On January 15, Buck Meek released his second full length solo album, Two Saviors. My 20-something daughter, knowing my tastes better than I do, recommended I check it out. Now, my daughter has impeccable taste in music. Unfortunately, I don’t. So, I have only myself to blame when my initial reaction to Two Saviors was that Meek sounded like a cross between They Might Be Giants and Tiny Tim if only Tim had taken this whole music thing just a little more seriously. Not that this wouldn’t be good, but upon further listening, I realized that it’s not Meek.
Best known for his collaborations with Adrianne Lenker in their band, Big Thief, on Two Saviors, Meek explores worlds that reveal themselves only slowly. He recorded the album live to eight-track tape — it’s got the hiss to prove it — and according to a stricter no-headphones rule that you’d imagine possible in this day and age. In addition to his own voice and guitars, the album features multi-instrumentalist Mat Davidson, guitarist Adam Brisbin, Meek’s brother pianist/organist Dylan Meek (who sometimes steals the show), and drummer Austin Vaughn.
The tracks range from strummed folk to rockers that draw on a strange world view. I don’t mean strange in an abhorrent sense suggesting difference. Rather, it’s strange in that its meaning won’t reveal itself easily. As Meeks website describes it, his songs aren’t for you and me, unless we’re “the lost dogs of honest mechanics, good guys and girls born into a life of crime, runaways, snow spirits, the ghosts of Central Park, unsung diving-board stars, the affection shared through gambling, and so on.” Ah, but of course you are, or you wouldn’t be reading this review now, would you?
You can get it. But you’re gonna have to work for it. You’re going to have to look deep inside or is it beyond the stars? I can’t tell you. You’ll have to figure it out for yourself. Just don’t try too hard, and there it is. As bandmate Mat Davidson put it, “I never had much use for friendship, but meeting a soul such as Mr. Meek gave me pause; he changed this old Buckskin – and I wager he’ll change you too.”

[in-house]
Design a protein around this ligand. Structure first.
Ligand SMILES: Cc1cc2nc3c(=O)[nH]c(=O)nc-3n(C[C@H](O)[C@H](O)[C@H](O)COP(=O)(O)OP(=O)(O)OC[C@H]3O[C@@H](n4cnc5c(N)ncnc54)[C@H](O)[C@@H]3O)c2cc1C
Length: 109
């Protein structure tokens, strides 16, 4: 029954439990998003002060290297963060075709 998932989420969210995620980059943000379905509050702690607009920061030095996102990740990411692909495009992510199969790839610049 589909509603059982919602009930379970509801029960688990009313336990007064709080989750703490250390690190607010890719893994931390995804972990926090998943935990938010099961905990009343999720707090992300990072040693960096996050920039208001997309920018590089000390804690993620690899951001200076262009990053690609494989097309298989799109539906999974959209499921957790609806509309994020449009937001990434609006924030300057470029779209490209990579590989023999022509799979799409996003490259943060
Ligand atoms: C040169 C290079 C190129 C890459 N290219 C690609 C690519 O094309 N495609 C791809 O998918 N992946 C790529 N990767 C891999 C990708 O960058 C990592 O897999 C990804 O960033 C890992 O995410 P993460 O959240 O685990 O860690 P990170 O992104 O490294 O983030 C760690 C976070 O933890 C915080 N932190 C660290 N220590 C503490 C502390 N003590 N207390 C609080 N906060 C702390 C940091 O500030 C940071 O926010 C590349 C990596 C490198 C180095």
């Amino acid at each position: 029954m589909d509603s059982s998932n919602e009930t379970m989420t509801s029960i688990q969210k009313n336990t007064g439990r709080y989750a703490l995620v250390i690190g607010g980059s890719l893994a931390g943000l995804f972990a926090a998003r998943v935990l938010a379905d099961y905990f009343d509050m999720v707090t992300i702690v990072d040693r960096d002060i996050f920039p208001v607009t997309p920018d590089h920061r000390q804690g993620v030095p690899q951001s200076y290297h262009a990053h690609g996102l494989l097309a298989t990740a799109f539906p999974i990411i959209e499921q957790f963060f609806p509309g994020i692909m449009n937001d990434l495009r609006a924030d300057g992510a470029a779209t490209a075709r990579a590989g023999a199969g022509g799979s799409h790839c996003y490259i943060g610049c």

“Pareidolia” opens things up with a mid-tempo snare featuring some wonderful keys and what come across as a bunch of words. “Remember the time” that was something, though memories are fuzzy. That should be as clear as day.
“Candle” comes out with a snare hit that opens your eyes even though you can’t stop revisiting the familiar. With the wind of the second most famous highway in rock and roll on your arm out the window. “When it’s too much to handle, burn me a candle, and if you don’t have a candle, let me burn on your mind.” It’s been awhile, but “still the same face with a line or two, still the same heart I always knew.” I’m hooked.
“Second Sight” breaks out the fuzz guitar. Rather than blue eyes that changed to hazel, there’s now one of each. It’s a swimming hole of turpentine that he can’t clean up. But he’s got other specialties. Like helping you with feelings you can’t describe. “I’ll work for free, cause love is all you need.”
The title cut comes next. “Two saviors fighting over a soul.” Rhyming couplets. “A need to be alone to know my home. I know no home. But hold me, Joe.”
“Two Moons” comes off the pond like the morning midst. Little by little and then it’s there. It’s all about looking further in, in, or maybe it’s out there in the stars, beyond them. Probably both. And we’re starting to learn that the string squeak is what it’s all about.
“Dream Daughter” is a father’s song. I can’t always say it. But that’s ok, right?
“Ham on White” rocks. Don’t ask me to because I will. And I’m not sure either of us want that.
“Cannonball! Pt. 2” is a life goes on guitar on the left, drum kit on the right kinda rollicking number. “All the ways she laughed, make me want to make her laugh.” We been there. Yes, we have. But can we keep going? . . . “my jokes are getting old.”
“Two Moons (morning)” is “Two Moons” but honky-tonk full of whatever they fill honky-tonks with when their authentic and that whole looking in/looking out thing, you better not be paying too close attention.
“Pocketknife” is a campfire song. “Thank God for coffee.”
“Halo Light” makes you remember, in case you’d forgotten, that it is all about the string scratch squeal. “Why do we feel sorrow? . . . We will live again tomorrow.” Back then, “I thought I heard you humming.” Now, I’m sure.